O’FALLON, Mo. – The pandemic has brought its problems but it’s also created opportunity. The Wentzville School District has launched a student-run program that helps teach technological skills in the age of COVID-19.
Like most districts, Wentzville has implemented capacity restrictions for their sporting events. Immediate family members are the only ones allowed in the stands, leaving the majority of students and sports fans without a way to support their teams.
Derrick Docket, director of marketing for Wentzville School District, helped create a program allowing students to learn new professional skills while appeasing sports fans at home.
“Since we knew we were going to be restricting the amount of people coming to our games, it gave us an opportunity to do some live video coverage for those who couldn’t come,” Docket said.
Students are learning how to livestream games, the ins and outs of advertisement and commercials, how to create graphics, cut game highlights, and more.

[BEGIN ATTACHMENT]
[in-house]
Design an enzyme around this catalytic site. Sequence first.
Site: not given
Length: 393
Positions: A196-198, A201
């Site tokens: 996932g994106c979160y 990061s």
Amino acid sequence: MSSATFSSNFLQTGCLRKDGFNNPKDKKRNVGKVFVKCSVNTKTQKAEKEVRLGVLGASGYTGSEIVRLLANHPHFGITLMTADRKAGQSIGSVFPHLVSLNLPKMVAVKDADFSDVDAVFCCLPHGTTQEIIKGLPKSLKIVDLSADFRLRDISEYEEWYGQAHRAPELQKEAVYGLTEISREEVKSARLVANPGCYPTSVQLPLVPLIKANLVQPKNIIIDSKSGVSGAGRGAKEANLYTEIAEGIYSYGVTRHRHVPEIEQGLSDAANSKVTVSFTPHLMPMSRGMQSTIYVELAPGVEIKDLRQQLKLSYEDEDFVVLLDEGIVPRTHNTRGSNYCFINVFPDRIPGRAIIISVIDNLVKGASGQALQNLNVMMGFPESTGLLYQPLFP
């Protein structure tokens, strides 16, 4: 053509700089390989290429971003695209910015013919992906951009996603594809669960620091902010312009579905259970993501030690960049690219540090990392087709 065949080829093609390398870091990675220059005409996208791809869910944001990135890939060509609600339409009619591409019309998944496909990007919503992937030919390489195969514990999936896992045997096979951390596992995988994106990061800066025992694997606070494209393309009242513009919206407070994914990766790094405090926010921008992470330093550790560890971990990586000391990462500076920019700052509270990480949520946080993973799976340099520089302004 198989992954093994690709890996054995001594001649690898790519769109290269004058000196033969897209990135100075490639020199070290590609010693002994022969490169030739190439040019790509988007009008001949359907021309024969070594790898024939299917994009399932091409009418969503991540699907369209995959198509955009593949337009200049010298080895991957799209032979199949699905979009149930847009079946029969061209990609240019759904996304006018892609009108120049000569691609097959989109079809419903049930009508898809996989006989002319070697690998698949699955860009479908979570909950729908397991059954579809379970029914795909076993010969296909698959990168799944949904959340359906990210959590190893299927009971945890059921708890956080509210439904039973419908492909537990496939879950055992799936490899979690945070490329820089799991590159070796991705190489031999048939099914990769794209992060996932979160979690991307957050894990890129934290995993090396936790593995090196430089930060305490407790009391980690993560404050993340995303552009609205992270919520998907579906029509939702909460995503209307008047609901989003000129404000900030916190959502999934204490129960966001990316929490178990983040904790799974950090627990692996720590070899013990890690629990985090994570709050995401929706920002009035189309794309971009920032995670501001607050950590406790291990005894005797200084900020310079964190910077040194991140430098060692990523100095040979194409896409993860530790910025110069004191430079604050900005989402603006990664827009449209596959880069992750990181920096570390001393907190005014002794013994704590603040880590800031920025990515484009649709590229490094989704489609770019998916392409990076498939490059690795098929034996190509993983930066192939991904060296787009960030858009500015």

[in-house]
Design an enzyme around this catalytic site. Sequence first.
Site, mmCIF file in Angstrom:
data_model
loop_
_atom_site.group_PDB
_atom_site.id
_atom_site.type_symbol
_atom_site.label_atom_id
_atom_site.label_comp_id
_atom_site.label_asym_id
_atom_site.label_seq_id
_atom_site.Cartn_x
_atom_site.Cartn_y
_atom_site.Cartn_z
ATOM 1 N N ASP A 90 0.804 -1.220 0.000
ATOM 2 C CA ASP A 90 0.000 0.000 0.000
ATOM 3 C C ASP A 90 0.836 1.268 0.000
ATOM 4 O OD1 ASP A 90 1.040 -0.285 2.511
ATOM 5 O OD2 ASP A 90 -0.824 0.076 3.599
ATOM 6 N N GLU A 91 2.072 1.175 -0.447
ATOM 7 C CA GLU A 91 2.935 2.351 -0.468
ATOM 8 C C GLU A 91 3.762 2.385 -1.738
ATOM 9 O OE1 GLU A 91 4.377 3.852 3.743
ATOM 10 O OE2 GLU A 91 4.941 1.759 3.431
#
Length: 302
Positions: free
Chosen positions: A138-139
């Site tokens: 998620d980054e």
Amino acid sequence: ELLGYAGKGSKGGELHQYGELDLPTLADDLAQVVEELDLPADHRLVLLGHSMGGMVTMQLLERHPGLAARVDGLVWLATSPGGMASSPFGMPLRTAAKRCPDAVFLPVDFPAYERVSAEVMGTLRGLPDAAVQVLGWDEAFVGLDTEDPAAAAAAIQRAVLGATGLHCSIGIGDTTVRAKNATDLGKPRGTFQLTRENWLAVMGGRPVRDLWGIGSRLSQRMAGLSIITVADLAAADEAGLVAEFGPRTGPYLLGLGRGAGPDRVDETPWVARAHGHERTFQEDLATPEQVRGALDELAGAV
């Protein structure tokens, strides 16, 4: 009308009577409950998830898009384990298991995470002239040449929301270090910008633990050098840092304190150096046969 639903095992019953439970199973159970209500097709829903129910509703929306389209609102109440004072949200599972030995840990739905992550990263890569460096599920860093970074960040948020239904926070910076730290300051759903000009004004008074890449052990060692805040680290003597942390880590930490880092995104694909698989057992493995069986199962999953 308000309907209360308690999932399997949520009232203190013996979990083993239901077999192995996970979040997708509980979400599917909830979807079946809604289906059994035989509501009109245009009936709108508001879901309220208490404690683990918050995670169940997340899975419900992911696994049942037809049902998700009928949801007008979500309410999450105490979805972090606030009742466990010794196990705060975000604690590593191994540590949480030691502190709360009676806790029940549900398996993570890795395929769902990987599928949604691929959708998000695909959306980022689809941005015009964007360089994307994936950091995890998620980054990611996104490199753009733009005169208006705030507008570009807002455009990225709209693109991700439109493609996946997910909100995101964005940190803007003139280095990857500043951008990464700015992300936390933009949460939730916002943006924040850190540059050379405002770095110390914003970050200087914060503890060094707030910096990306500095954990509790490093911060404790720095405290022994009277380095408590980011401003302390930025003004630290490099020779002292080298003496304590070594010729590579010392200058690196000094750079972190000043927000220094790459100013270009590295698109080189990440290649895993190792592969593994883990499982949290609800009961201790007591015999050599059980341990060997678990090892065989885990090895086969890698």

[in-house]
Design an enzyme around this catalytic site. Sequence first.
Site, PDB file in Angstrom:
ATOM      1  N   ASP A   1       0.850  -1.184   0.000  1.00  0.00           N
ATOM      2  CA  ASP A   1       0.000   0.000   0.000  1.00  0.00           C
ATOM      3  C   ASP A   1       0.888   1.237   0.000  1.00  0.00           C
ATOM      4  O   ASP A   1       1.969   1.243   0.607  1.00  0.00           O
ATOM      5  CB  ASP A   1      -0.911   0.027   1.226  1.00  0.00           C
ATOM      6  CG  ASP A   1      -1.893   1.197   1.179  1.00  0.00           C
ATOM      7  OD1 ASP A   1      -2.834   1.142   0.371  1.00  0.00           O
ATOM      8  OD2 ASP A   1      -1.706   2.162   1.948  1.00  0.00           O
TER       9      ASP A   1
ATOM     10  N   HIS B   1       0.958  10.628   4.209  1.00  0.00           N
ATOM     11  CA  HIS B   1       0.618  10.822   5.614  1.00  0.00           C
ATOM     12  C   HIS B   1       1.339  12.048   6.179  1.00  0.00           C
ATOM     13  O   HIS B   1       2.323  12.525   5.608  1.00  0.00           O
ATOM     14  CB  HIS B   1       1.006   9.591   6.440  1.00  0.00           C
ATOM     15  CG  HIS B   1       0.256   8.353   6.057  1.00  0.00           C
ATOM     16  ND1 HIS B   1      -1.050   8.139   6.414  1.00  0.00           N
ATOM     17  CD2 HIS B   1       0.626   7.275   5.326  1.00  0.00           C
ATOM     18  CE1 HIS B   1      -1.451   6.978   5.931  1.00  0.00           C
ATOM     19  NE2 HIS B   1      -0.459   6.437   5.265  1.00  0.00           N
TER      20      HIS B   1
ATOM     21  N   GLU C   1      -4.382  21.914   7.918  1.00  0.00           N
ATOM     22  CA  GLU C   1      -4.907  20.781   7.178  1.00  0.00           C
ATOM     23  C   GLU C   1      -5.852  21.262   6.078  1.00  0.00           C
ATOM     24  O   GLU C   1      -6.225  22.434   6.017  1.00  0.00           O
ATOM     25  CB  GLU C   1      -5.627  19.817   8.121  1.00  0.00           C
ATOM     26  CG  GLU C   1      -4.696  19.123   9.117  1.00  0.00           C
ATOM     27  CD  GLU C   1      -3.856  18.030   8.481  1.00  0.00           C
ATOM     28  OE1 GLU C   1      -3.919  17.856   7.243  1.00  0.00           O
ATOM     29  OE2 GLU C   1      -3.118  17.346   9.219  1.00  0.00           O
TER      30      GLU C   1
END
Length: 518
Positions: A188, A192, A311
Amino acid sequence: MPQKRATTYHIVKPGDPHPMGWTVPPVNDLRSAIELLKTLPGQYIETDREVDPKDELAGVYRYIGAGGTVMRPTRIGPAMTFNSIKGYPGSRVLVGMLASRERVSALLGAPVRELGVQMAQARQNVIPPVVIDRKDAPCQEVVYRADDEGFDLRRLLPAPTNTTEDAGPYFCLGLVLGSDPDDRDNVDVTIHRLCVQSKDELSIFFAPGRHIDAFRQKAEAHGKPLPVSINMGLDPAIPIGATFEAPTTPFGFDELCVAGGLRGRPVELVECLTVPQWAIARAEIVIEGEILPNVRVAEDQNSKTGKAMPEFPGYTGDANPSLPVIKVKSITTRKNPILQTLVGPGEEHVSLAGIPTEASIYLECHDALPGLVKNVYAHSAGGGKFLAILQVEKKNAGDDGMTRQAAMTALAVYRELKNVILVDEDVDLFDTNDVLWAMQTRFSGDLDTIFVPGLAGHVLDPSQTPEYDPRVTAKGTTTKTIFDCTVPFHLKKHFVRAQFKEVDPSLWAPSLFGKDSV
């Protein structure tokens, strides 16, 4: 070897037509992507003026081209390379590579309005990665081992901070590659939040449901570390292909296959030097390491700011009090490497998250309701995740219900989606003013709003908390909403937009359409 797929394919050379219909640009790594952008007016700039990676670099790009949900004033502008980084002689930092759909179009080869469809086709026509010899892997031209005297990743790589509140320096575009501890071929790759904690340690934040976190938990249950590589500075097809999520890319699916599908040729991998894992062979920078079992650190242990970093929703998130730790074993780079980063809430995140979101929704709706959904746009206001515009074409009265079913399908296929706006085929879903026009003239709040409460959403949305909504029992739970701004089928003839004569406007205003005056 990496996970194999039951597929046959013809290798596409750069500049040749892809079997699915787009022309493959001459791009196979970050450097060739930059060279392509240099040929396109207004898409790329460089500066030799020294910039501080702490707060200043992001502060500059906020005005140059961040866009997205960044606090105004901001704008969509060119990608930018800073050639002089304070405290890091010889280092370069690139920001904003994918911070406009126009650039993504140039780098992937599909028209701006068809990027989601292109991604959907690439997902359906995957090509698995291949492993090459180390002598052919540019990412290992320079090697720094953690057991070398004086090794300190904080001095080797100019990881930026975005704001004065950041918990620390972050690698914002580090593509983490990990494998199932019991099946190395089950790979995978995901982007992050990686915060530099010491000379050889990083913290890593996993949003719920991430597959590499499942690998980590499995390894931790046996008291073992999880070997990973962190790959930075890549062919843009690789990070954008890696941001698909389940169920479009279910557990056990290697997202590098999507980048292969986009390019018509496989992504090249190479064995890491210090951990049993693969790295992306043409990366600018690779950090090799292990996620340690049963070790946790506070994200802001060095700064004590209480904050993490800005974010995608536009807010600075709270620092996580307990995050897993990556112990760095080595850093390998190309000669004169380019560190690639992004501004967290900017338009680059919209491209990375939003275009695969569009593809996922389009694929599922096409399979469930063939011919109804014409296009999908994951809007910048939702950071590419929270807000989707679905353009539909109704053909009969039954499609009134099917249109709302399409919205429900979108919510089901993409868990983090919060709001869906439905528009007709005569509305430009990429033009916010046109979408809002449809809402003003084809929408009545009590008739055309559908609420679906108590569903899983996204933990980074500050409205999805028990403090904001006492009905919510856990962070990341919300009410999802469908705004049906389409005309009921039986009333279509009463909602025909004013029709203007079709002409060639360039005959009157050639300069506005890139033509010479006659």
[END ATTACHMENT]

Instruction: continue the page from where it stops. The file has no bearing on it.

Jayce Haun, a sophomore at Liberty High School, has had an interest in media since he was young and has become actively involved with the program.
“This is actually one of the things I want to do along with photography and film,” he said. “I’ve always wanted to do that ever since I was a kid, so this is perfect for me.”
Since the students have taken over varsity game days, online streaming popularity has increased in the community. They currently average around 3,000 views per livestream.
Haun appreciates that the program gives him and other students hands on experience on what a career in media would be like in the real world. He and Docket agreed that the program is bigger just streaming high school sports because students are also learning how to adapt to and overcome challenges.
The program is primarily based at Liberty High, but due to growing popularity from students in the district and more parents wanting games of all levels streamed at home, Docket is working on expanding it to each high school in the district.